Arizona is behind the curve on this, most other states have already done something similar years ago. Arizona’s previous graduated driver’s license was had no teeth.
According to AAA AZ, who supported the legislation: “Arizona is 1 of only 5 states that does not provide either nighttime driving restrictions or passenger limitations for new teenage drivers”, and “Studies of intermediate driving programs in individual states have reported reduction in fatal crash rates of novice drivers that ranged from 11% to 32%”
Chapter 206 HB2033 (48th legislature, 1st regular session, 2007 LAST YEAR, why did it take over a year to become effective??) Arizona’s Teenage Driver Safety Act goes into effect July 1. Here are its key points:
- Establishes Graduated Driver License, where licensed drivers, ages 16-17, do not have full driving privileges until six months after licensing.
- Increases supervised training requirement from 25 to 30 hours, of which 10 must be at night.
- Prohibits driving from midnight to 5 a.m., for the first six months, with exemptions for job, religious or school activities or family emergencies.
- Limits number of non-family teenage passengers to one, during first six months.
- Establishes fines and extensions of restrictions for non-compliance.
— Trauma nurse has message for teen drivers, AZ Republic, June 2, 2008
I’m thinking a year would have been a more reasonable time restriction.
AAA Arizona has a big transportation legislation roundup here.
Here is some pretty stark statements coming directly from the Bush Administration. Why now, in the seventh year of his administration? Why spoil the streak? Wouldn’t a continuation of current policy — delay and denial — have worked for just these last few months of his lame duck administration? Where is Dick Cheney on this? Continue reading Better late than never?
There is an initiative floating around from some group called the “TIME Coalition”.
A shady backroom deal cooked up between Napolitano and the Arizona Home Builders is almost too much to bear. It seems the home builders have engineered a way to escape any extra taxation (impact fees) by helping out the governor with another of here proposals. More here: nototime.blogspot.com including an image of the leaked agreement
As a tactic to derail TIME’s proposition (should it make it to the ballot), no-new-taxes lawmakers are preparing their own legislative initiative. This would set up a situation where potentially there could be two similar but competing ballot propositions both dealing with “transportation”. Rep. Russell Pearce’s legislation would put a ballot proposition that would levy a 1/2 percent addition general state sales tax whose revenues would be used for building roads. This is meant to stick it in the eye of TIME’s proposition which spends some of its revenue on public transportation — but not very much, 78% is on roads and freeways and only around 20% is on public transit. Rival Transportation Plan Posed, Arizona Republic, May 30, 2008.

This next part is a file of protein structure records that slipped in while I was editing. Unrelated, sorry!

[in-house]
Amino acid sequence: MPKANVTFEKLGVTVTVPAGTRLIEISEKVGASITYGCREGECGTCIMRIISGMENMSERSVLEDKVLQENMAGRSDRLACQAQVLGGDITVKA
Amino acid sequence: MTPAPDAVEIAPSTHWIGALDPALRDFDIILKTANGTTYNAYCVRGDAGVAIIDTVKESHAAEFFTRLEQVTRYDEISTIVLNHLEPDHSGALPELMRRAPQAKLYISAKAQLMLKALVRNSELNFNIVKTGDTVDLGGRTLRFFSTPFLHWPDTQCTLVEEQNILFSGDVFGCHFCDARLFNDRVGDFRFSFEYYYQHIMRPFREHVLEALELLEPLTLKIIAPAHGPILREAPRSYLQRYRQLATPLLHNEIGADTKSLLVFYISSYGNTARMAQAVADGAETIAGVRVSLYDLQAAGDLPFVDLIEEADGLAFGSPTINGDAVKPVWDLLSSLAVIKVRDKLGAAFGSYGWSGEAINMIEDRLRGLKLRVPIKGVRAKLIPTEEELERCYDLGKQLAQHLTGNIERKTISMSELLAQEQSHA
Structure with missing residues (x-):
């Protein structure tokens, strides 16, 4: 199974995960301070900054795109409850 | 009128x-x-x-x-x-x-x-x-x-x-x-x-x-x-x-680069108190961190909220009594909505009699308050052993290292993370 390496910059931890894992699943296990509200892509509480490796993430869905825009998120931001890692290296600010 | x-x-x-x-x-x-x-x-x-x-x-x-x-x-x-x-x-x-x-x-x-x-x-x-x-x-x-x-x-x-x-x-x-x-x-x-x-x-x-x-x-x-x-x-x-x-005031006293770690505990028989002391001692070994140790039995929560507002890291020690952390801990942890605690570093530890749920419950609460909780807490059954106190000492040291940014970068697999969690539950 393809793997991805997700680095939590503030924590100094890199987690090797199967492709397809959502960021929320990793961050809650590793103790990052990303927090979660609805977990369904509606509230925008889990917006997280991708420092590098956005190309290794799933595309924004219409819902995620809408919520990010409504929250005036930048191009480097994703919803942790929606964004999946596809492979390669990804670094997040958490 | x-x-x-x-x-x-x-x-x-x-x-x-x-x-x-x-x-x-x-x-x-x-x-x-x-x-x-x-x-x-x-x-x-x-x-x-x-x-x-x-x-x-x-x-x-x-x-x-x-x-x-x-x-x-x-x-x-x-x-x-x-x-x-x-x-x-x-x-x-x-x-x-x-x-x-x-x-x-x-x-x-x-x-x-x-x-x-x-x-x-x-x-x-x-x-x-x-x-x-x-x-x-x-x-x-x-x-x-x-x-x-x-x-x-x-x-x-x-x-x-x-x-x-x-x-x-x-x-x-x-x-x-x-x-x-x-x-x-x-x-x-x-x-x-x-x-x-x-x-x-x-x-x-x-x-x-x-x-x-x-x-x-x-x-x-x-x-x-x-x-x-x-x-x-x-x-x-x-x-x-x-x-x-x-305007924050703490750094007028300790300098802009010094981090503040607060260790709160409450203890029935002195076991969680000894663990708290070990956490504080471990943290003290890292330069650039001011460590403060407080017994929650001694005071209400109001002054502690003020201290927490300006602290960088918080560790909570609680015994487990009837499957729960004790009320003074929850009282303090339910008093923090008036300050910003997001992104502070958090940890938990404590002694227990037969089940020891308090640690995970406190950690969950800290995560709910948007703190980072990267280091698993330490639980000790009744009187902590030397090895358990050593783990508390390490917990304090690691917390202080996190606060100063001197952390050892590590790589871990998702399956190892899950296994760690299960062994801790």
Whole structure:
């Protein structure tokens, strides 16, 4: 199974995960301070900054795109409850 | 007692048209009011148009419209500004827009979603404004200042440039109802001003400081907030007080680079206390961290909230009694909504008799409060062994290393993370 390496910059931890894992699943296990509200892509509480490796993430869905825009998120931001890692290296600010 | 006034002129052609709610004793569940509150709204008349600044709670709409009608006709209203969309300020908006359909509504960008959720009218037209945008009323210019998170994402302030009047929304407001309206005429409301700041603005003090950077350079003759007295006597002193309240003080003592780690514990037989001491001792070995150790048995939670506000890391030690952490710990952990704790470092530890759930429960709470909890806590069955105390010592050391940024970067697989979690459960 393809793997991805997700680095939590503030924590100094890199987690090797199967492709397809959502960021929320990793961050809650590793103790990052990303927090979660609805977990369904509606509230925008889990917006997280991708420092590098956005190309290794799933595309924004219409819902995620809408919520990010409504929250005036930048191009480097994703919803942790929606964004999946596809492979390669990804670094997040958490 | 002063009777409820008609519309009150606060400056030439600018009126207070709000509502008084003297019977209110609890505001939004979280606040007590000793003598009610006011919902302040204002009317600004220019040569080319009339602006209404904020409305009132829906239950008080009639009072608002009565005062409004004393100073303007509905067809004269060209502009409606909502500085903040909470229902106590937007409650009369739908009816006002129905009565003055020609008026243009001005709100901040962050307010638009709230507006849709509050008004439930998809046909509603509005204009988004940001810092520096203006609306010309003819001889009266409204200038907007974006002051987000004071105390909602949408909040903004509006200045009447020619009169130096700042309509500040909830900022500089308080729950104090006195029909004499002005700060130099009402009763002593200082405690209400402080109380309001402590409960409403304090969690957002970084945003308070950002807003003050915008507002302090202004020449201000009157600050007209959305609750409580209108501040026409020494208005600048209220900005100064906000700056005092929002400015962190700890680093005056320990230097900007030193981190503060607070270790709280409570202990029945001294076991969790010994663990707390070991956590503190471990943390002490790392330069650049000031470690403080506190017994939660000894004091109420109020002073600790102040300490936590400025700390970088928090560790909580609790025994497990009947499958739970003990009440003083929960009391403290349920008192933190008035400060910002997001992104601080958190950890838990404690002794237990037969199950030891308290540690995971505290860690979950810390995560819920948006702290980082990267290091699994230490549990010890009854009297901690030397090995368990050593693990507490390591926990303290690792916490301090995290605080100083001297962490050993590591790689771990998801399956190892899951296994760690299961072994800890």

Apparently the existing law, §28-2354, which requires that vehicle license plates be displayed “clearly legibly” isn’t clear enough for police, who don’t seem to enforce that law.
Thus House Bill HB2250 (48th legislature, 2nd regular session, 2008) which would make the rules about covers crystal clear: “…a person shall not apply a covering or any substance to the license plate”.
Unfortunately, the provision is tangled up with the abortion debate — strange but true! It turns out the cover thing is in a bill involving special license plates… thus the controversy.
And as if one controversy wasn’t enough, the cover thing is clearly aimed at would-be camera violators.
By the way, probably the most controversial use of photo enforcement was speed cameras on a section of Loop 101 in Scottsdale. ASU engineering professor Simon Washington’s research has consistently showed only good things in terms of safety and even a time savings due to reduced speed — that is the time savings due to fewer crashes more than offset the time lost by lower speed. See Speed cameras help travel time, report says, Arizona Republic,May 13, 2008.
Unmentioned and unquantified in the report are not only fuel consumption, and air pollution benefits. Mean speeds were reduced from 73 before to 64 mph after enforcement. Vehicles’ toxic NOX pollution increases substantially with increased speed. NOX turns into ozone.
Suddenly, a bike lane sign (a real, R3-17, bike lane sign. And by “a” I mean exactly one sign, no others and no begin or end) has appeared on Chandler Blvd Continue reading Phoney Bike Lane Sign on Chandler Blvd
I don’t know anyone who this ever happened to; sort of a worst-case scenario you could be charged with indecent exposure under ARS: Continue reading Public Peeing
I am soooo dissapointed with McCain for the the gas tax holiday thing. Continue reading Mr. Market’s Oil Fix: Higher Taxes
The WSJ editorializes (The Fed’s Bender, Wall Street Journal: Apr 28, 2008) the fall in the value of the dollar as nothing more than poor monetary policy on the part of the Federal Reserve. They point out an interesting comparison between the price of oil in dollars versus euros since 2003. Continue reading Euros and euros
The full paper that was excerpted to become a WSJ op-ed piece can be downloaded from the Pacific Research website. (a good deal, as the cover price is $24.95!).
I should point out that the paper is not a scientific endeavor, and the author is not a scientist by training: “Hayward holds a Ph.D. in American Studies and an M.A. in Government from Claremont Graduate University”. It is more of an outlook and commentary. He tends to think the mass-media (MSM?) has a tendency to sensationalize environmental stories and make everything seem both excessively gloomy and unfairly blame anthropogenic causes — this is probably true. He lists some citations that refute that trend: Continue reading The Real Cost of Tackling Climate Change